Sure, the last few days have been a little nippy – but have no doubt, it’s been a hell of a lot worse in the past.
New Year’s Eve, 1978: having experienced a relatively mild December, Poles woke on the final day of the year to be greeted by a snowstorm of epic proportions. It wasn’t long till the gravity of the situation became clear – trams and cars found themselves stranded, hot water pipes froze and power was downed. It got no better after midnight.
Struggling through temperatures of -21, in Lublin it’s said returning partygoers came close to death as they made their way home in flimsy dinner jacket attire. In Gdańsk, meanwhile, authorities were so alarmed by developments that they were moved to announce a state of natural disaster. And those were the cities – in the towns and villages of backwater Poland, entire communities found themselves cut off from the outside world.
Amazingly, as it proved, this was all but a dress rehearsal for the biggie up ahead.
Beginning on January 30th, Warsaw was hit by a five day snowstorm – on the first day alone, the capital found itself buried under half-a-meter of white powder. Falling in unrelenting sheets, it wasn’t long till the capital was utterly submerged under snow. An awesome demonstration of nature’s blind indifference to man, the entire city was left paralyzed.
Captured in brilliant detail by roving photojournalist Grażyna Rutowska, her images show the full might of the blizzard as well as the city’s sheer endurance: amid Polar-style snowdrifts and trapped vehicles, shivering queues can be seen lining for provisions.
Fully digitized and publicly available on the NAC’s online archive, Rutowska’s pictures are not without humor, either – providing light relief among the suffering, her black poodle Agat can be spotted cavorting in the snow.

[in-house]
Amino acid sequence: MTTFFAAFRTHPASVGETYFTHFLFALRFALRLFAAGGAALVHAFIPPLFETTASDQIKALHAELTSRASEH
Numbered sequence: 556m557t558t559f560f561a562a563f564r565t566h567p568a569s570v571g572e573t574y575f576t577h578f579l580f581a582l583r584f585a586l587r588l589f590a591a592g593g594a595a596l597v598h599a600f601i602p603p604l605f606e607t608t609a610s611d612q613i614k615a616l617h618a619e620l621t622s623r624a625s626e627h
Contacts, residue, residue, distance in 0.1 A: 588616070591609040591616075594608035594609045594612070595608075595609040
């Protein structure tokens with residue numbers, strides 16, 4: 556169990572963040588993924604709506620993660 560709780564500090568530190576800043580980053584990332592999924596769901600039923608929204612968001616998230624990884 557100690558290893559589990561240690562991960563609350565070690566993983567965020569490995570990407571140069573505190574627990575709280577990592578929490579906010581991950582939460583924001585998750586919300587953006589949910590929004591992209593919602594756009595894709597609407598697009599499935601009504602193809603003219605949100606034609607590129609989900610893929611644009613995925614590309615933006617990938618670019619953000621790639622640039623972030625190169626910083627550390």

Arguably, however, it is not the ferocity of the winter that many remember, but the togetherness it fostered.
Starting on February 4th, 600,000 volunteers hit the streets in a collective effort to clear the snow and return the city to some semblance of life.
“It was like a miracle came to pass,” remembers one eyewitness. “As if spontaneously, everyone, young and old, came out from their apartments and joined in this action.”
United as one, others recall how this mass mobilization had unexpected consequences for the Gierek regime. “All of a sudden,” recalls another participant, “we weren’t afraid to say what we thought. Anti-party sentiment spread like wildfire – seeds of rebellion were planted.”
But as remarkable as this story of human fortitude is, it comes not without tragedy. The after-effects had left the city’s infrastructure in a precarious state, and as such on February 15th a frost-damaged gas pipe running underneath the PKO Rotunda exploded ripping apart the building and leaving 49 dead.
Though conspiracy theorists continue to claim the disaster was actually the result of a bomb left by embezzling bank officials keen to cover-up their tracks, others now recognize the dead as being the ultimate victims of this “winter of the century”.
Photos: Grażyna Rutowska / Source: NAC Digital Archive